c. Interactive lecture demonstrations

Lecture demonstrations have traditionally been an important part of introductory physics lectures. They are widely regarded as useful for convincing students that physics concepts relate to the real world, for helping students visualize the concepts and deepen their understanding, and for keeping students engaged and alert in class. In the traditional lecture, the instructor normally explains the demonstration, performs it, and then perhaps gives more explanation. The students observe the demonstration passively (though they may clap and cheer if the instructor has a flair for showmanship). Though lecture demonstrations are very popular among students,66 their role in achieving learning goals is less often assessed. It has recently been established that students who have observed a demonstration passively understand the underlying concepts no better than do students who did not see the demonstration.67 However, if students are actively engaged in the demonstration by recording a prediction of its outcome and discussing it with one another before hearing the instructor’s explanation, their understanding of the underlying concept can thereby be increased.68 This is the basis of the technique of “interactive lecture demonstrations.”

An instructor using this method begins by describing the demonstration to be performed and asking the students to predict the outcome of the demonstration. This prediction may be in qualitative form (higher/lower, yes/no) or in the form of a sketch of a graph. It is important that the students specify their predictions (either by writing them down on a “prediction sheet” or by using an electronic response system such as those described in the preceding section) so that they engage fully in the process. Recording their participation (by collecting the prediction sheets or by using the electronic response system) and rewarding it with course credit provides further incentive. The instructor then has the students discuss their predictions with one another and modify their predictions if they find their neighbors’ logic to be convincing (the modified predictions are also recorded in writing or electronically). She asks a few students to give their predictions orally and to explain their reasoning, thereby eliciting the most common predictions (and setting the stage for conceptual conflict as described in Section II.B.3). She then performs the demonstration. If the demonstration has been well chosen to confront a common preconception or misunderstanding, a significant number of the students will have made an incorrect prediction and will therefore be faced with a conflict. The instructor focuses the students’ attention on the conflict by asking them to describe and discuss what they observed. This can be done by asking a few students to share their ideas orally, by having all students discuss the outcome with their neighbors as was done before the demonstration, or by having the students write down their observations and explanations on a “results sheet” that they will take with them. The instructor then discusses and explains the demonstration and the ways in which it embodies the relevant physics concept, and also describes other physical situations where the same concept applies but that appear different on the surface.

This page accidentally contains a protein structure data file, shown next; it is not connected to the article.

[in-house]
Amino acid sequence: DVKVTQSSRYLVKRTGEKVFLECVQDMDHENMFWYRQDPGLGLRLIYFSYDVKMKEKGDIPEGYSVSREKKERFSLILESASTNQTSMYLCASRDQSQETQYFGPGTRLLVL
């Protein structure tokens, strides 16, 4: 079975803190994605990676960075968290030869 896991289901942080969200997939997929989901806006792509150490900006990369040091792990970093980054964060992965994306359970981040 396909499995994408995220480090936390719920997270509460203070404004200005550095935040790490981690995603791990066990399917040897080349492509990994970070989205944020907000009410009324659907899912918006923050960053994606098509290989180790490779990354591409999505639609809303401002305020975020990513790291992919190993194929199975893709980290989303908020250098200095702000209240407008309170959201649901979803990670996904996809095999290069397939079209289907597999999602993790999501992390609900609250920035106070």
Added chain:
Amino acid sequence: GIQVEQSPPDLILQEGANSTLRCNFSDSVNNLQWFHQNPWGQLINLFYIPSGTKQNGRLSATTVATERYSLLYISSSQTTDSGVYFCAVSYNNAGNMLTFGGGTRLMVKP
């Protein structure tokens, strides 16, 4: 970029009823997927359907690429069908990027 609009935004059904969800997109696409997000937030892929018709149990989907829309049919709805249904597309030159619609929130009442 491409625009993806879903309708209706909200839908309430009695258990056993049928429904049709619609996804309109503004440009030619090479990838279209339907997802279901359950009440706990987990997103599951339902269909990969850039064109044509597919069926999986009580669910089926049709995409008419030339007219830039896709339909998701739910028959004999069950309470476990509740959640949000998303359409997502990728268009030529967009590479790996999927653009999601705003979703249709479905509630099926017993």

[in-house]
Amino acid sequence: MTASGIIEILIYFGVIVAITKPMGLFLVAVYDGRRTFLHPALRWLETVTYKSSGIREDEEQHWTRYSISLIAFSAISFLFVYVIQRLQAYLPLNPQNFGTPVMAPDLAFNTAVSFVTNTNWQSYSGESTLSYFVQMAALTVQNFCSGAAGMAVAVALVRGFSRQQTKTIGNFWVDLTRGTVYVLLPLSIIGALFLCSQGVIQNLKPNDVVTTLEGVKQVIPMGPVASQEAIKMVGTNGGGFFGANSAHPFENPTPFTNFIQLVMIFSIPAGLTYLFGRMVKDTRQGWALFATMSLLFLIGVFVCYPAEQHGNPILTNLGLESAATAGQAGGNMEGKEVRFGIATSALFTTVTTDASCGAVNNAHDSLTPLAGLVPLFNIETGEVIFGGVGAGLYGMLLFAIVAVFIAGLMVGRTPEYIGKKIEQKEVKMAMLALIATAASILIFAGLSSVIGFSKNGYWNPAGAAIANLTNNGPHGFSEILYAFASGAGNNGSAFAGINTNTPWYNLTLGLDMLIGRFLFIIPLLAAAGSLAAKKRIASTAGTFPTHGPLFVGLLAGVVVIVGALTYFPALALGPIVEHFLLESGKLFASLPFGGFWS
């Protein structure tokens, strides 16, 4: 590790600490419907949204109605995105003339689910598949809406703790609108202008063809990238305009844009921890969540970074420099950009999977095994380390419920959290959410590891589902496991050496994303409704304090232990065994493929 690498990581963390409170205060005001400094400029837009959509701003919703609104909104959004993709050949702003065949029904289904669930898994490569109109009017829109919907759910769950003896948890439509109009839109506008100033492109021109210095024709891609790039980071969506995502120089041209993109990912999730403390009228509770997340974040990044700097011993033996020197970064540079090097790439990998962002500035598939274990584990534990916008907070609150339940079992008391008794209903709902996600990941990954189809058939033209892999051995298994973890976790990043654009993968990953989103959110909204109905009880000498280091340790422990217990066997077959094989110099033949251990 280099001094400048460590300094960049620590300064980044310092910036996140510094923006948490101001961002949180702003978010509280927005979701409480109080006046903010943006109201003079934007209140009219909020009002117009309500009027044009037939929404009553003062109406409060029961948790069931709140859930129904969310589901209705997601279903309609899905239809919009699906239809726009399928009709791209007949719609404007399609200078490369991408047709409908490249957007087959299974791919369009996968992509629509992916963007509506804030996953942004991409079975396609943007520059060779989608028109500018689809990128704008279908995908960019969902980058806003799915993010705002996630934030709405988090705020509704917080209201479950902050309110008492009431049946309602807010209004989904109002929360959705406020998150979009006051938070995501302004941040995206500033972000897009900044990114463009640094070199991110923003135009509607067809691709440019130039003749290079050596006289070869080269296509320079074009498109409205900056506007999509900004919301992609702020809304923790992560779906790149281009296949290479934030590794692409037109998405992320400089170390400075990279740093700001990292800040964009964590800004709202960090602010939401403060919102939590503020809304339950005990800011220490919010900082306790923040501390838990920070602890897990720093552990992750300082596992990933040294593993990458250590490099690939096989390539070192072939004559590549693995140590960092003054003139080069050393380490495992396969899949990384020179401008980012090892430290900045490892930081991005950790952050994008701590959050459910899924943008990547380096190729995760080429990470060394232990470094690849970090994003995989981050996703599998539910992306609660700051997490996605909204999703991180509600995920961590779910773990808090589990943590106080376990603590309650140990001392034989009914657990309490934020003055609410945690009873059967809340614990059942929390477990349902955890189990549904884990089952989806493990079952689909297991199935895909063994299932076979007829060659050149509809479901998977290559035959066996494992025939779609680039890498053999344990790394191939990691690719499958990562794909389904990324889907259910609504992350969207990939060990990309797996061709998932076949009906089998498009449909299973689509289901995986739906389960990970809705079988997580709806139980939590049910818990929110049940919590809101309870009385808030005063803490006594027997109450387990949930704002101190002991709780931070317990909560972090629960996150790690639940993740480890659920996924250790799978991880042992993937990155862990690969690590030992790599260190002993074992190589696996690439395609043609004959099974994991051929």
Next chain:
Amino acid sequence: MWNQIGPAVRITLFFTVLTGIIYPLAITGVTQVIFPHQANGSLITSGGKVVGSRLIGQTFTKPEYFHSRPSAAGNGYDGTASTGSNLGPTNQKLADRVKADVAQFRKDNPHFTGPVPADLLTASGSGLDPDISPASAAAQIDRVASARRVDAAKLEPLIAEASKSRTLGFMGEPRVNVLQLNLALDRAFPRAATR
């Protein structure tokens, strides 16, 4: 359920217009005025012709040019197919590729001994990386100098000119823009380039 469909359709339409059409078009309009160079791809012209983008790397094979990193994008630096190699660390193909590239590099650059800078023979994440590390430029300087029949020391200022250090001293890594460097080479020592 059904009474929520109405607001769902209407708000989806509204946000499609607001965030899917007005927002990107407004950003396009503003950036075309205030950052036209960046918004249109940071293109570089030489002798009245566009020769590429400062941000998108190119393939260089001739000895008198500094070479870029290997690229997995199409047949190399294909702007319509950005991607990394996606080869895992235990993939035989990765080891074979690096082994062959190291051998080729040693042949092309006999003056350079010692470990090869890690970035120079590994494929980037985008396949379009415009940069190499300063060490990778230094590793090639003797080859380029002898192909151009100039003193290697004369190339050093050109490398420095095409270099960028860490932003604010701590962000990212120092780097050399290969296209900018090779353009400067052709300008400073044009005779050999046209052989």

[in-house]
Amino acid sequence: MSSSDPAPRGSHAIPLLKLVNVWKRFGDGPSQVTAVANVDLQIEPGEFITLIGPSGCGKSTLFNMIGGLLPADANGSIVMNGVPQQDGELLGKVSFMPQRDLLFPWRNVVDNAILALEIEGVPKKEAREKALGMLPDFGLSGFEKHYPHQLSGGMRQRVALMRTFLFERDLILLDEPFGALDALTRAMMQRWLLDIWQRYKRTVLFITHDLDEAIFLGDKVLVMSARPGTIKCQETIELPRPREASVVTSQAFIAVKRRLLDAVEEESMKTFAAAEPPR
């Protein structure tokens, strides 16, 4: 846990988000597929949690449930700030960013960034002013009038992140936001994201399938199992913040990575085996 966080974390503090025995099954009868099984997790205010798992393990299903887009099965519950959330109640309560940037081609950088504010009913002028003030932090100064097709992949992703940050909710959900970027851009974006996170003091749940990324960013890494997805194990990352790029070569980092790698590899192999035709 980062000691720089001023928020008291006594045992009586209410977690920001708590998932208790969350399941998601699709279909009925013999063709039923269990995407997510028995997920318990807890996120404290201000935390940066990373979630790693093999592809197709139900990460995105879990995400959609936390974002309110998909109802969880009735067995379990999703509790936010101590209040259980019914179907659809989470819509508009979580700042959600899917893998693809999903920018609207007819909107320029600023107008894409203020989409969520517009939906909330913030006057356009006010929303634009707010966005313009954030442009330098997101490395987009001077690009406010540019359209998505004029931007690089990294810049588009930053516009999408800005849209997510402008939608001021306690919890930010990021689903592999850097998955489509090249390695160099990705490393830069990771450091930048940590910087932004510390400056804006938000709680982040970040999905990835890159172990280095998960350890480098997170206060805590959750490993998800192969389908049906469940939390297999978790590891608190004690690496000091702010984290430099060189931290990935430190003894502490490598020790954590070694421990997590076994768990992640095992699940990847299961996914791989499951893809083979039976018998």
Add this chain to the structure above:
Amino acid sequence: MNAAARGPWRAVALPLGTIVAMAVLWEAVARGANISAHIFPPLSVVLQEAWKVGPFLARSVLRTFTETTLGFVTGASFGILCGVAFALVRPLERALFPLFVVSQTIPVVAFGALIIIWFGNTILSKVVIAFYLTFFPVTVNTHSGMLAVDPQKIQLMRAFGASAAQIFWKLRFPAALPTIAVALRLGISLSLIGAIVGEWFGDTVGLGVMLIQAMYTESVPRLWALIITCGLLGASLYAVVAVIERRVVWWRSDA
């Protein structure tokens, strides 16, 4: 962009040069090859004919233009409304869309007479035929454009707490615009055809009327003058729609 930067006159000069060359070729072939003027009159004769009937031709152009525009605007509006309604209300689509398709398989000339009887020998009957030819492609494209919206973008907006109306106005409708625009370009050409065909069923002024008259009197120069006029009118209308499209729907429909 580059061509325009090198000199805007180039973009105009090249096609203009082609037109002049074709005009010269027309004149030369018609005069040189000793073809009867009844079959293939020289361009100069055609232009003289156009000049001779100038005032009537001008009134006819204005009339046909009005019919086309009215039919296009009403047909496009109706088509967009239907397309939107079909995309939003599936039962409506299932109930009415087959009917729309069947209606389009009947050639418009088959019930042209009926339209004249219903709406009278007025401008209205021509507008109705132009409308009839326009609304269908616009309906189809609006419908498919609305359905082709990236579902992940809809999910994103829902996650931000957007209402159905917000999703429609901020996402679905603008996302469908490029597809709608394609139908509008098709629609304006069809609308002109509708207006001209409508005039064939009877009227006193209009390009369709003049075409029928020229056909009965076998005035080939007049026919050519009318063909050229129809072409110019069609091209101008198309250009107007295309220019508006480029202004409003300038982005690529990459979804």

This method can be used with a great many of the demonstrations that are typically done in physics lectures, with only a modest increase in the lecture time that must be allocated to them. If the department has available microcomputer-based laboratory (MBL) tools such as electronic force and motion sensors, these can be used in the demonstration and the students can be asked to predict the graphs that the sensor readout software will produce before being shown those graphs as part of the demonstration. This allows the demonstrations to be more quantitative, and helps the students connect the motion with its graphical representation. A set of materials consisting of prediction and results sheets (for the students to record their responses), presentation notes and teacher’s guide, and software for the MBL tools is available commercially.69 The demonstrations cover mechanics (including fluids and waves), E&M, optics, and thermal physics.

The advantages of this method are that it allows the instructor to elicit and confront conceptual difficulties that the students have. It engages the students in the process of understanding, and it makes it more likely that they will see in the demonstration what they are meant to see. Although it requires somewhat more class time to be allotted to the demonstration, it makes that time more effective in guiding the students to a better understanding of the concepts. Although it may reduce somewhat the entertainment value of the demonstration (since the students are required to expend effort rather than merely watch the instructor work), it increases the educational value.

d. Just-in-Time Teaching

Just-in-Time-Teaching (JiTT)70 is a pedagogical strategy developed to allow instructors to adapt their lectures to specific student learning difficulties, to provide individual interactions among students and instructors, to give students immediate feedback on their learning, and to allow the use of information technology to enhance learning. It has many facets, but the heart of it is the Warm-up.